The Centers for Disease Control has issued a warning just in time for holiday baking. Raw cookie dough can make us sick with a form of E. coli known as STEC.
Even though Mom warned me against doing it, sneaking a taste of raw cookie dough when her back was turned, was impossible to resist. But once again, Mom was right! Delicious raw cookie dough can make us sick with Shiga toxin-producing Escherichia coli (STEC).
Christmas baking is one of those intergenerational experiences that we fondly remember doing with our moms and enjoy doing with our kids, often passing on traditional family recipes. The smells of holiday baking have the power to evoke memories of holidays past.
But researchers at the Centers for Disease Control and Prevention (CDC) have issued a warning that eating raw cookie dough, whether homemade or commercially prepared, could cause bacterial gastrointestinal illness.
In a study released on Friday, 33 out of 35 Americans who were admitted to hospital during an E. coli outbreak in 2009 reported eating a commercial type of prepared raw cookie dough. Although the source of the outbreak was never conclusively proved, there was enough evidence to suspect cookie dough was the culprit.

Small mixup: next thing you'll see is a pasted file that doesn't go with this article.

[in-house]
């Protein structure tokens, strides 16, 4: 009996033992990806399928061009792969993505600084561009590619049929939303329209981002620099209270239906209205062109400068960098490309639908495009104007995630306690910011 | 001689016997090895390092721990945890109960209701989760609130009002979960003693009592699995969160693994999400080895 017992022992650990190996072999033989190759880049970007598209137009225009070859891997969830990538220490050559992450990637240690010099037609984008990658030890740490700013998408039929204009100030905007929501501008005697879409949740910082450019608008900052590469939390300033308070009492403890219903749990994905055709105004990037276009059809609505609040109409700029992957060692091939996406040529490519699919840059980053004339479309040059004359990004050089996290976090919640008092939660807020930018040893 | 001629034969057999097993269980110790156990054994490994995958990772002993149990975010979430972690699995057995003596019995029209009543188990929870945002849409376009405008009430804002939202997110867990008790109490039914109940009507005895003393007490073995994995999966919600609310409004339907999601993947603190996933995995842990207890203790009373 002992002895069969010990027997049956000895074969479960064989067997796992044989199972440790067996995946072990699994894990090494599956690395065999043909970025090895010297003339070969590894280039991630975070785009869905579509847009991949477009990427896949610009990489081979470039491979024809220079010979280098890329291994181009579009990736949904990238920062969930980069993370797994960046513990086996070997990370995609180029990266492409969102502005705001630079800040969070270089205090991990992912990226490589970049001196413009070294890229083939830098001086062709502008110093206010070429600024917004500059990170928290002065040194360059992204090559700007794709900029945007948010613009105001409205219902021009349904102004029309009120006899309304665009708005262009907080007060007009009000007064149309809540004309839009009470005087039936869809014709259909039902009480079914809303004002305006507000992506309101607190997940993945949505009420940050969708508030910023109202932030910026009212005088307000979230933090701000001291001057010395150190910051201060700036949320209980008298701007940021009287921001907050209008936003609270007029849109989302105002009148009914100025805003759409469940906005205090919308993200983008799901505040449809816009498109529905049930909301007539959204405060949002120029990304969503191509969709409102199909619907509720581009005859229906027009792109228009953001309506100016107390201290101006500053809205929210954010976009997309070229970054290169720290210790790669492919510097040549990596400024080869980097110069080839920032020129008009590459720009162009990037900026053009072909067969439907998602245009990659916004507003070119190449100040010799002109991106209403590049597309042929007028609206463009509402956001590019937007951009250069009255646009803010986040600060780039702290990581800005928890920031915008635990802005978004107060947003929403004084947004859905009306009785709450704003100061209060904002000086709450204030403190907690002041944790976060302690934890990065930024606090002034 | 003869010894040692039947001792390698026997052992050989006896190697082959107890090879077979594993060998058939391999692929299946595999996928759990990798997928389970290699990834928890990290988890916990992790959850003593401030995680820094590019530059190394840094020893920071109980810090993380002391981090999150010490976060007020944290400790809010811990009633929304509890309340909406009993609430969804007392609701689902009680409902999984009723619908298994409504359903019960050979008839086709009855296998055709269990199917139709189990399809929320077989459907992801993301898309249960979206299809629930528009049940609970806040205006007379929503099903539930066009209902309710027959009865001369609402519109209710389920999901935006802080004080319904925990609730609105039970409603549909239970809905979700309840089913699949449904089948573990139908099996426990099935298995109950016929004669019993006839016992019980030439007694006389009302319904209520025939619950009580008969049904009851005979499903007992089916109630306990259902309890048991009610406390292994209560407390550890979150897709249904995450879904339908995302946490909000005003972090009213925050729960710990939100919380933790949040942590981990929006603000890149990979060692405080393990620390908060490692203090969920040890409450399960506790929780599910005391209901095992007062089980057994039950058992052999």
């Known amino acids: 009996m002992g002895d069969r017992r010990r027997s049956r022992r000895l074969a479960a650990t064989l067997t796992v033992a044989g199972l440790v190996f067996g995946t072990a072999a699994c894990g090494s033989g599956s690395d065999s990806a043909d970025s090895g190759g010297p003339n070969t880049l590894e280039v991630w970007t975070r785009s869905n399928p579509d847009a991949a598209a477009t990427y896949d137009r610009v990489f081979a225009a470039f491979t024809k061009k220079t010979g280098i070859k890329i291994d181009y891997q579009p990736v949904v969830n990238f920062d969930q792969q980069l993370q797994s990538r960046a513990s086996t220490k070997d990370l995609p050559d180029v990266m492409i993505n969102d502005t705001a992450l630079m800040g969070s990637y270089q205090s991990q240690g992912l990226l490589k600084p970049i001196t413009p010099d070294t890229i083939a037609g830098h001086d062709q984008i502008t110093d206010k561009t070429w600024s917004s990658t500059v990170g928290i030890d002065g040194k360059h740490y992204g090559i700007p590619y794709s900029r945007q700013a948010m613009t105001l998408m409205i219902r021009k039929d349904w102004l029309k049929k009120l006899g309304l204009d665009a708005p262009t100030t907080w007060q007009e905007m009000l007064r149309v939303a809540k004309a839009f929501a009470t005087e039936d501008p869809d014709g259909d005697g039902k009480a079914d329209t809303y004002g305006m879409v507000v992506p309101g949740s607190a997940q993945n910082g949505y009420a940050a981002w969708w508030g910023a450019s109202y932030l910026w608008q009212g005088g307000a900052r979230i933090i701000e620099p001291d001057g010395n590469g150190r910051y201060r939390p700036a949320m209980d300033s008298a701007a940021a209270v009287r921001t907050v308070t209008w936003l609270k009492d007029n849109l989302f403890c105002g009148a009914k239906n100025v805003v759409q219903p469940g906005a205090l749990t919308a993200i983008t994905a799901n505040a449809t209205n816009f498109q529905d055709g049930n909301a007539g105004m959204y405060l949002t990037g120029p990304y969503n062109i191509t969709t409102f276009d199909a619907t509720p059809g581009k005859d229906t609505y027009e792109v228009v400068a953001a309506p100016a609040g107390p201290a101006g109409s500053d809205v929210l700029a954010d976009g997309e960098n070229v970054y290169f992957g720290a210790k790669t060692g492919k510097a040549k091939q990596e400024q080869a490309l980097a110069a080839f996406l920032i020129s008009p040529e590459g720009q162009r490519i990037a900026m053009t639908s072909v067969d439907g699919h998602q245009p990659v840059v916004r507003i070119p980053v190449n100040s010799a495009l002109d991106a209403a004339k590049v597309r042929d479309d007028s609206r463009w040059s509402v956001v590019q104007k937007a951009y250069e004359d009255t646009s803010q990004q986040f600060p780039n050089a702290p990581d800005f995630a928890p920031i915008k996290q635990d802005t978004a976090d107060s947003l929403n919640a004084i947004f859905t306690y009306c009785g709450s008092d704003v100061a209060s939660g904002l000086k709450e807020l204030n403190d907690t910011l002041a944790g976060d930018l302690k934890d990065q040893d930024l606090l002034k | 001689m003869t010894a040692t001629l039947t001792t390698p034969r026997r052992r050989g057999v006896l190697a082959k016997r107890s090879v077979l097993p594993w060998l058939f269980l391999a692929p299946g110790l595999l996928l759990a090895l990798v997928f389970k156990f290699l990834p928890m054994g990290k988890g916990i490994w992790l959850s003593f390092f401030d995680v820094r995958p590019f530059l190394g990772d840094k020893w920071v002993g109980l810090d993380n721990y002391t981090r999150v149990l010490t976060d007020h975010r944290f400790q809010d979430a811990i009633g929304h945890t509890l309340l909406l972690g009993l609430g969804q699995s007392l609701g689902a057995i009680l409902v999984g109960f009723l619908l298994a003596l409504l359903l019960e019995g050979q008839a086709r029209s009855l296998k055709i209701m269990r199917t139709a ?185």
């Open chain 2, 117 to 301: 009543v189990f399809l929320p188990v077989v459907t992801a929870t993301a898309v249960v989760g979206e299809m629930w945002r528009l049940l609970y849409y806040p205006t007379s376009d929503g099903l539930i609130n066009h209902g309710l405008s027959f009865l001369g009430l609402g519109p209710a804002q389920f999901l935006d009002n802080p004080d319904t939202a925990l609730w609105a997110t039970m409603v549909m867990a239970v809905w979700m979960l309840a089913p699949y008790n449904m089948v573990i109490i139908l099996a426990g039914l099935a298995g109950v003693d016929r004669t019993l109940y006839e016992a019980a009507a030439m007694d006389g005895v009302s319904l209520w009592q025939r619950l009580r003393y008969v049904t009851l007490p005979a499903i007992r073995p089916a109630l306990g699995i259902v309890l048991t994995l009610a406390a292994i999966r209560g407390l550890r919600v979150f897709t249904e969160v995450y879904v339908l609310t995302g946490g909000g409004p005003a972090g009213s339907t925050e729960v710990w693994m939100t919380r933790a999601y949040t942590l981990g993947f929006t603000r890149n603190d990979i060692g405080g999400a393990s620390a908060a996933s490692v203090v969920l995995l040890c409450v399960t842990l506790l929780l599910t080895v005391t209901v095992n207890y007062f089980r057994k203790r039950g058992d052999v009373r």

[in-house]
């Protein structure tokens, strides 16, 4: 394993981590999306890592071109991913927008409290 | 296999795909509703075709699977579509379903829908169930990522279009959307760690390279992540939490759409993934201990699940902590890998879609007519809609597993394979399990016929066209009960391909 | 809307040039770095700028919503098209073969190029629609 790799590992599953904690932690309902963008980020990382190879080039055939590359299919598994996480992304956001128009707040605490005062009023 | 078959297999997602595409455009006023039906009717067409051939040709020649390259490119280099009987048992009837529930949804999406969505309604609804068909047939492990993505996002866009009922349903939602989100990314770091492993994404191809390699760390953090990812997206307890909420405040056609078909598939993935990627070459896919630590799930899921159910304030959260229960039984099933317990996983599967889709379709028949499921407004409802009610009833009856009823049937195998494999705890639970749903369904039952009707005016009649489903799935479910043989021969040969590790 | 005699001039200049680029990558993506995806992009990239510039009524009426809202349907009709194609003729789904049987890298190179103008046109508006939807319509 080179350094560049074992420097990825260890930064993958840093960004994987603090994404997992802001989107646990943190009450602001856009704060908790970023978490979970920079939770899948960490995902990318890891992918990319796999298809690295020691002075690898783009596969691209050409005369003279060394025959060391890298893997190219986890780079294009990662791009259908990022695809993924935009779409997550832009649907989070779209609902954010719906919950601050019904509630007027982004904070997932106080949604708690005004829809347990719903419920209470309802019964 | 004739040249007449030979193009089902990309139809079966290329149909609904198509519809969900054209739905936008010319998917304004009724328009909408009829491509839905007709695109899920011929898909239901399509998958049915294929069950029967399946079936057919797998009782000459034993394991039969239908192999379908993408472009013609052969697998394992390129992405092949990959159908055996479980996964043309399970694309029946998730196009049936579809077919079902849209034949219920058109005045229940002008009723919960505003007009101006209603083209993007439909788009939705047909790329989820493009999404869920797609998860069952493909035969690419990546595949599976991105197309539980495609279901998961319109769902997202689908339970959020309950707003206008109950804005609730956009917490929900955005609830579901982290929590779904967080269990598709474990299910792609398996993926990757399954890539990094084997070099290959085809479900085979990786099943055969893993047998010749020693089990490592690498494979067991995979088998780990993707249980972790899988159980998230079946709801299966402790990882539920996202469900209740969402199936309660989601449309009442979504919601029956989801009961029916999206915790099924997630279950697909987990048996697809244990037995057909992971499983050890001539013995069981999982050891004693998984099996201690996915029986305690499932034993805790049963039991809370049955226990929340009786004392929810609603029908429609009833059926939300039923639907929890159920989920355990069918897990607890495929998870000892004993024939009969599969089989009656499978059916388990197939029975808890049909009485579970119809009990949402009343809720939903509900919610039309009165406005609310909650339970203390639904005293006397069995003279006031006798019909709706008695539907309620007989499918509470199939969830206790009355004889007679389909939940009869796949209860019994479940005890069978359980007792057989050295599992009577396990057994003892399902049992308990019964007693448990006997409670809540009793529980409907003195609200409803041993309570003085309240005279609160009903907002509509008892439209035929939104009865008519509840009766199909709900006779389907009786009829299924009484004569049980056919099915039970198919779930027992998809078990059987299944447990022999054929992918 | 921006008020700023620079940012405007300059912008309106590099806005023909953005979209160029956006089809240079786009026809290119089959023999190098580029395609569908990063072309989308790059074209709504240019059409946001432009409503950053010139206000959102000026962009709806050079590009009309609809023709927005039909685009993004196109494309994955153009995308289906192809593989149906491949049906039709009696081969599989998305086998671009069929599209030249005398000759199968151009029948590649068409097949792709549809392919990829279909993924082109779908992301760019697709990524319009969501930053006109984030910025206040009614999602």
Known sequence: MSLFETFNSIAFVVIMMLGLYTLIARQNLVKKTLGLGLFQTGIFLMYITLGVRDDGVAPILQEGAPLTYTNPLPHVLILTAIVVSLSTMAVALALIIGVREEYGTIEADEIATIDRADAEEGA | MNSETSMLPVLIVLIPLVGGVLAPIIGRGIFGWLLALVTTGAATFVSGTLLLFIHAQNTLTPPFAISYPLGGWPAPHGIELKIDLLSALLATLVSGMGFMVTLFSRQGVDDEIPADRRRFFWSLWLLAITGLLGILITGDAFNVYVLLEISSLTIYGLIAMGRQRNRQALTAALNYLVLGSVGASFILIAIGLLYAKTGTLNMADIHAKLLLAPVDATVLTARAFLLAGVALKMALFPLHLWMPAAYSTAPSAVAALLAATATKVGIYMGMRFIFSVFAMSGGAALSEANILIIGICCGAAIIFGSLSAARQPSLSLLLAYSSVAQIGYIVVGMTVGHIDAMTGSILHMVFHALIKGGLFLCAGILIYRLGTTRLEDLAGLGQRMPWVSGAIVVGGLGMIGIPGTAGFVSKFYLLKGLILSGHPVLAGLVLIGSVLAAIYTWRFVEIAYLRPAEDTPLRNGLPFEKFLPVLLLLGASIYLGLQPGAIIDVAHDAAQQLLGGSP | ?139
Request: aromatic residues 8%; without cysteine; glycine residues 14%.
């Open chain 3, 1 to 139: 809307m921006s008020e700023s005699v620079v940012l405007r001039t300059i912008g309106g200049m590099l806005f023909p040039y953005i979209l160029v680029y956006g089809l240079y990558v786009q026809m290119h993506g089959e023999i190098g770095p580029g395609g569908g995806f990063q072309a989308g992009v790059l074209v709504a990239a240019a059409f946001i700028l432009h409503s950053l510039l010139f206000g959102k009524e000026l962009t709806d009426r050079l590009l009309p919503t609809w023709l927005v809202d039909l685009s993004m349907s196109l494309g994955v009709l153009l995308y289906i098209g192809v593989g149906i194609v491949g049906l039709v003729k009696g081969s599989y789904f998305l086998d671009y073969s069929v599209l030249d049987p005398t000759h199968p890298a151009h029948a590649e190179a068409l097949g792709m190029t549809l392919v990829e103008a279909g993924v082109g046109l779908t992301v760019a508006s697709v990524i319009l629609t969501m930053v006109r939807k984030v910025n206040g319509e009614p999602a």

Other food sources of STEC
- undercooked ground beef
- red leaf lettuce and Romaine lettuce
- alfalfa sprouts
- venison jerky
- contaminated water
Watch for these symptoms
- severe abdominal cramps
- watery, even bloody, diarrhea
- low-grade fever
- consult a health care practitioner if symptoms are severe
Who’s most likely to become infected
- children under 5 years old
- the elderly
So before you dip your finger into the mixing bowl, remember Mom’s and the CDC’s warnings. A little bit of patience and you’ll be rewarded with a warm cookie fresh from the oven—and it’s even tastier than raw cookie dough.